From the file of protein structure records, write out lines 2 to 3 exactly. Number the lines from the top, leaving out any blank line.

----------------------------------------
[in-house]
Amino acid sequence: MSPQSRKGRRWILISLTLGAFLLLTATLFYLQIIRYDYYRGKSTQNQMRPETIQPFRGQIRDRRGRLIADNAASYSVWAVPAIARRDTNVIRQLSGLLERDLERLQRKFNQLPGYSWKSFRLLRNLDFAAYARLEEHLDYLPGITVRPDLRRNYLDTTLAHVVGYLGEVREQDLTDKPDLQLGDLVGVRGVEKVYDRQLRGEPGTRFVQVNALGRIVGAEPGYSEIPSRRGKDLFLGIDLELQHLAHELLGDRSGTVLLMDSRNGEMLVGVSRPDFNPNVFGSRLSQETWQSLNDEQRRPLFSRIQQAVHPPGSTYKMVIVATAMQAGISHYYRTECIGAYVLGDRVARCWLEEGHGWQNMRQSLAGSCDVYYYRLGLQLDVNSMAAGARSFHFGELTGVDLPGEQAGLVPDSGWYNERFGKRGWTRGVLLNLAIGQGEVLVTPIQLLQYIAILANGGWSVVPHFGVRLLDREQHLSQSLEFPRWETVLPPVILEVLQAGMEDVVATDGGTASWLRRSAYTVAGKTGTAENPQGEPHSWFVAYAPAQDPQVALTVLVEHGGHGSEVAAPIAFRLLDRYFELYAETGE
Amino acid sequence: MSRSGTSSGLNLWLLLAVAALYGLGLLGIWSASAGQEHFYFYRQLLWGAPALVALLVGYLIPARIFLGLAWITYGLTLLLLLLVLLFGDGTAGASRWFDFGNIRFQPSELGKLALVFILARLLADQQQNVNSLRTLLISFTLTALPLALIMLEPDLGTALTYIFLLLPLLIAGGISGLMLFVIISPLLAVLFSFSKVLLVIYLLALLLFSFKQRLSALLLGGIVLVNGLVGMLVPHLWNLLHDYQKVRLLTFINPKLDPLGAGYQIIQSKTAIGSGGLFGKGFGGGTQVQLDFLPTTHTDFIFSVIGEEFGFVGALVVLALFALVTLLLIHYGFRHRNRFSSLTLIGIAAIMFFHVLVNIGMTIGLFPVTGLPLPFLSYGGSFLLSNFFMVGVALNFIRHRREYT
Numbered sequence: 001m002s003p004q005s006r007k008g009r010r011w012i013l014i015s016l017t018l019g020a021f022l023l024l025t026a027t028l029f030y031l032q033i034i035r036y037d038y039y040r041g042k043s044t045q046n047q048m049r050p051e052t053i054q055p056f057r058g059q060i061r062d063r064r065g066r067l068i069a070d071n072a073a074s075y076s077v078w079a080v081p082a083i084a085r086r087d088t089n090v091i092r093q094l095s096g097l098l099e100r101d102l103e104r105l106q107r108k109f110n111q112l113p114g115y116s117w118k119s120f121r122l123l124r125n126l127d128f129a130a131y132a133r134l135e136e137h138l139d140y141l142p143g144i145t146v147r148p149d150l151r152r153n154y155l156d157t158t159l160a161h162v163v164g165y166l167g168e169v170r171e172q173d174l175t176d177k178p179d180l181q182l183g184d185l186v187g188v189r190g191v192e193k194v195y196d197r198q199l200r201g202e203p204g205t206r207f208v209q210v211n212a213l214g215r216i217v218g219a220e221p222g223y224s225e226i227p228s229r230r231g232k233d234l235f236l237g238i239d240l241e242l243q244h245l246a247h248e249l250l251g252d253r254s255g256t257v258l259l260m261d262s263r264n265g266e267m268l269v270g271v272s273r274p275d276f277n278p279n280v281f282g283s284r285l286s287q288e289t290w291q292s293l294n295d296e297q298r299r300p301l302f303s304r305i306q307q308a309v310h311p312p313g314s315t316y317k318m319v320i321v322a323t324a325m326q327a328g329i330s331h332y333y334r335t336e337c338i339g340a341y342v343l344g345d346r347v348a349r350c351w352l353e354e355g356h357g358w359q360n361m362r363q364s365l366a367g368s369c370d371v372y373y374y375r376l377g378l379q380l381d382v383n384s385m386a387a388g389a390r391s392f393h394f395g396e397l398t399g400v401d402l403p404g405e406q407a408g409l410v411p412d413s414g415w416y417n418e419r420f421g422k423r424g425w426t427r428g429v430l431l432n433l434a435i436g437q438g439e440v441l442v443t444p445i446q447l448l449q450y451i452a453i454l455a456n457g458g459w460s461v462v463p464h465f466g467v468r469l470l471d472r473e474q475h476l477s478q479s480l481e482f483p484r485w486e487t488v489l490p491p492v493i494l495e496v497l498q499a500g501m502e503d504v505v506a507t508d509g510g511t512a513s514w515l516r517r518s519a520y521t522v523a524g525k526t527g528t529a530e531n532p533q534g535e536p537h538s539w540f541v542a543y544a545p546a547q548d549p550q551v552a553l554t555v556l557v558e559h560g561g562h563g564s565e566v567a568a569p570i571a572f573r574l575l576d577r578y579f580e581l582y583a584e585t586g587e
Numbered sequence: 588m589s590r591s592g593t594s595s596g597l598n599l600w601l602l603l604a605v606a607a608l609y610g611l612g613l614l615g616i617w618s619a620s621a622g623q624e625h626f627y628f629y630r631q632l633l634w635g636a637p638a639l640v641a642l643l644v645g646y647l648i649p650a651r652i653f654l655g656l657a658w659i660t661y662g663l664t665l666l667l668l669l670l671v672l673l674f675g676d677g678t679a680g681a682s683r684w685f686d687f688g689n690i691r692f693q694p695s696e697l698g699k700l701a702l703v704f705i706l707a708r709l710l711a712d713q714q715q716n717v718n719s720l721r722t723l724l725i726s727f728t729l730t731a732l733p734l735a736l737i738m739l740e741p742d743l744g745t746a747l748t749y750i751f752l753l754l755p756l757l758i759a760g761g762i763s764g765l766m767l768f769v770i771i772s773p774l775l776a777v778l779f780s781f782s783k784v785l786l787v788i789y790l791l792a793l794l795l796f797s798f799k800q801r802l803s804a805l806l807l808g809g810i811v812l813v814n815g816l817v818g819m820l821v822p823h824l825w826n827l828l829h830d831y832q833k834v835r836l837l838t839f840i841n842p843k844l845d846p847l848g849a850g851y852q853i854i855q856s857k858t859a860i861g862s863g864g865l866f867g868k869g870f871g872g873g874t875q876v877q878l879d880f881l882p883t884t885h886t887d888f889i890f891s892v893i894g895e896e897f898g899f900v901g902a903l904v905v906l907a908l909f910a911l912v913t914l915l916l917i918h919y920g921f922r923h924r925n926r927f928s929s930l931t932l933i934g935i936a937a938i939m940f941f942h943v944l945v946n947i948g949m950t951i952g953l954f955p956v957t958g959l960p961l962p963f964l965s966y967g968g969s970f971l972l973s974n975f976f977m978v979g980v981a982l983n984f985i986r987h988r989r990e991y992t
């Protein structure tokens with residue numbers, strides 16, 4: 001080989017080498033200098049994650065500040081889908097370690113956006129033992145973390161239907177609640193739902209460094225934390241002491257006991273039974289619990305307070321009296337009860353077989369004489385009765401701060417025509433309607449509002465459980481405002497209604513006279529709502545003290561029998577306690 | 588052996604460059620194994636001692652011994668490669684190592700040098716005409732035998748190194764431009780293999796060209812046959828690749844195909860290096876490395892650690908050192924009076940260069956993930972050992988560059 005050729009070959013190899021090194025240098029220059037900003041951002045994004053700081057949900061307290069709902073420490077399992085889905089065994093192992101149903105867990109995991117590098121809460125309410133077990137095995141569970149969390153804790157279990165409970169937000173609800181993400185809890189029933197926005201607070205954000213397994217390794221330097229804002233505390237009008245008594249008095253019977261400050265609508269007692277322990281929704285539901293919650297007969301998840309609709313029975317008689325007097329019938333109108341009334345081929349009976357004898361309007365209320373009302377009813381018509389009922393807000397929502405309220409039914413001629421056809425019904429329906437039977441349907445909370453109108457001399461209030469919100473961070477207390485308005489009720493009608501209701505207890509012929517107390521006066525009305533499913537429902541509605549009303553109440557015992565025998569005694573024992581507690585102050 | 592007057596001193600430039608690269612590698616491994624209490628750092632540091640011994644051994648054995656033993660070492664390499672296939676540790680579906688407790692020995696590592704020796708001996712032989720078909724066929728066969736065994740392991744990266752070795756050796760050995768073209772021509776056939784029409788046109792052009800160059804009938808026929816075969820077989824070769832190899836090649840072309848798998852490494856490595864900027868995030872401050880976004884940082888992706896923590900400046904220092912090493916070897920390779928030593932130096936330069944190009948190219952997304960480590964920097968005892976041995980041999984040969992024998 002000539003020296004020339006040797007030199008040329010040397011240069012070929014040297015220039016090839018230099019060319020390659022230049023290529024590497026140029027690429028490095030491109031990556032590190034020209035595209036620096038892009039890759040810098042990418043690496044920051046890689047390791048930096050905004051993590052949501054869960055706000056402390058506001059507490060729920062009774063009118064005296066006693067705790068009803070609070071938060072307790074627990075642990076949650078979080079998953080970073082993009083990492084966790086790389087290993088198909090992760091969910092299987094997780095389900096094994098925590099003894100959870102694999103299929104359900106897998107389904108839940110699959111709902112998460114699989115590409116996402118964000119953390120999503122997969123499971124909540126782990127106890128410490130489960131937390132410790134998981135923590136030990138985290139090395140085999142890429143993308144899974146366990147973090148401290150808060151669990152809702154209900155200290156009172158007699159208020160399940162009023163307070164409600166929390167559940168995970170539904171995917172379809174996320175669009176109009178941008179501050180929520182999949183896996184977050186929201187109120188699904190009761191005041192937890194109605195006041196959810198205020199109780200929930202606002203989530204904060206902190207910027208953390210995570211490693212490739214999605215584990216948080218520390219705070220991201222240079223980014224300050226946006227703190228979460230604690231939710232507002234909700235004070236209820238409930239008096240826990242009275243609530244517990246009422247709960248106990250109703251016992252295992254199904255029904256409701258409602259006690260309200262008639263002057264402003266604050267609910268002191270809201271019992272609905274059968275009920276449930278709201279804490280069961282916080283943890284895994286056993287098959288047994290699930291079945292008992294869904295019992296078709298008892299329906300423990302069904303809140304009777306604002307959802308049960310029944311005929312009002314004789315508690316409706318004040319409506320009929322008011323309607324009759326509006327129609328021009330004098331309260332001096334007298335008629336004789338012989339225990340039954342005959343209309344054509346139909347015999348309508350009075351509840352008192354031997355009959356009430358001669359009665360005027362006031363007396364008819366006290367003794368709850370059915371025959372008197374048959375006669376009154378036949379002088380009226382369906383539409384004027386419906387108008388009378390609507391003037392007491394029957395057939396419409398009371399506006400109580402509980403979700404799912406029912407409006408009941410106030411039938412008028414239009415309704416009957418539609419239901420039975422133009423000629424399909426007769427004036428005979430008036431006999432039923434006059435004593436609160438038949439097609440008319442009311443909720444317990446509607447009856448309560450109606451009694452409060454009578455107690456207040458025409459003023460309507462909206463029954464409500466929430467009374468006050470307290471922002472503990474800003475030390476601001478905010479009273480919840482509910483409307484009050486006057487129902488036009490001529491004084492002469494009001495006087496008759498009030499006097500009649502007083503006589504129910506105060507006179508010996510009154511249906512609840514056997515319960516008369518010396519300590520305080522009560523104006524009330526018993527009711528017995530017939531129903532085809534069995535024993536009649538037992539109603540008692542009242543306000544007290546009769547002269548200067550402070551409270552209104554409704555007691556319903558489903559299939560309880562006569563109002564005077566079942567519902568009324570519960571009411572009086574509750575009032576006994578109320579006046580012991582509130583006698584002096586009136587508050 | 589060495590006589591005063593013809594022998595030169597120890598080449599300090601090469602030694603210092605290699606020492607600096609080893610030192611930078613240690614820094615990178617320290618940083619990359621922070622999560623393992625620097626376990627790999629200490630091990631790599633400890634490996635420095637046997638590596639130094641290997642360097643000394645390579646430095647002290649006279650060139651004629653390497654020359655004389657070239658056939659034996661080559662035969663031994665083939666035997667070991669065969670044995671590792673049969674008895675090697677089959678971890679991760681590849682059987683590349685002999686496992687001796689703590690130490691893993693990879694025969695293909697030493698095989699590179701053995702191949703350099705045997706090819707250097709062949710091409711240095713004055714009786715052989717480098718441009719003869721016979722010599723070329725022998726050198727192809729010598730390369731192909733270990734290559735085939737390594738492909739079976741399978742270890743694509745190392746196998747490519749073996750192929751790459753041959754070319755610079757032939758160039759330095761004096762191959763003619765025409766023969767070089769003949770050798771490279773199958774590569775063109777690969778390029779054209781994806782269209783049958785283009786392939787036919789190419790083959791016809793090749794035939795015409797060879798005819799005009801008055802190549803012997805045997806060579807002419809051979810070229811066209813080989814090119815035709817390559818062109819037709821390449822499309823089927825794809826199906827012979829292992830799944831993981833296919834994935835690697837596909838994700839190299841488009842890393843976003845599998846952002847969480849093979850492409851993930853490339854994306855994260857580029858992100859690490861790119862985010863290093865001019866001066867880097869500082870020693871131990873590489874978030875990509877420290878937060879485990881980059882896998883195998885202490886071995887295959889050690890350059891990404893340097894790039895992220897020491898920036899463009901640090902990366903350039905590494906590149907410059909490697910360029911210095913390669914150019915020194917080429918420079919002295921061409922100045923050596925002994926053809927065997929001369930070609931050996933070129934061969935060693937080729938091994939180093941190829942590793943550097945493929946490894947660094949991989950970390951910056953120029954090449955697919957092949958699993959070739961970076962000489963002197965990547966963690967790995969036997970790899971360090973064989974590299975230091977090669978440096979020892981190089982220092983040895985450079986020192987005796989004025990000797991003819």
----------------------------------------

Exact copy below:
Amino acid sequence: MSPQSRKGRRWILISLTLGAFLLLTATLFYLQIIRYDYYRGKSTQNQMRPETIQPFRGQIRDRRGRLIADNAASYSVWAVPAIARRDTNVIRQLSGLLERDLERLQRKFNQLPGYSWKSFRLLRNLDFAAYARLEEHLDYLPGITVRPDLRRNYLDTTLAHVVGYLGEVREQDLTDKPDLQLGDLVGVRGVEKVYDRQLRGEPGTRFVQVNALGRIVGAEPGYSEIPSRRGKDLFLGIDLELQHLAHELLGDRSGTVLLMDSRNGEMLVGVSRPDFNPNVFGSRLSQETWQSLNDEQRRPLFSRIQQAVHPPGSTYKMVIVATAMQAGISHYYRTECIGAYVLGDRVARCWLEEGHGWQNMRQSLAGSCDVYYYRLGLQLDVNSMAAGARSFHFGELTGVDLPGEQAGLVPDSGWYNERFGKRGWTRGVLLNLAIGQGEVLVTPIQLLQYIAILANGGWSVVPHFGVRLLDREQHLSQSLEFPRWETVLPPVILEVLQAGMEDVVATDGGTASWLRRSAYTVAGKTGTAENPQGEPHSWFVAYAPAQDPQVALTVLVEHGGHGSEVAAPIAFRLLDRYFELYAETGE
Amino acid sequence: MSRSGTSSGLNLWLLLAVAALYGLGLLGIWSASAGQEHFYFYRQLLWGAPALVALLVGYLIPARIFLGLAWITYGLTLLLLLLVLLFGDGTAGASRWFDFGNIRFQPSELGKLALVFILARLLADQQQNVNSLRTLLISFTLTALPLALIMLEPDLGTALTYIFLLLPLLIAGGISGLMLFVIISPLLAVLFSFSKVLLVIYLLALLLFSFKQRLSALLLGGIVLVNGLVGMLVPHLWNLLHDYQKVRLLTFINPKLDPLGAGYQIIQSKTAIGSGGLFGKGFGGGTQVQLDFLPTTHTDFIFSVIGEEFGFVGALVVLALFALVTLLLIHYGFRHRNRFSSLTLIGIAAIMFFHVLVNIGMTIGLFPVTGLPLPFLSYGGSFLLSNFFMVGVALNFIRHRREYT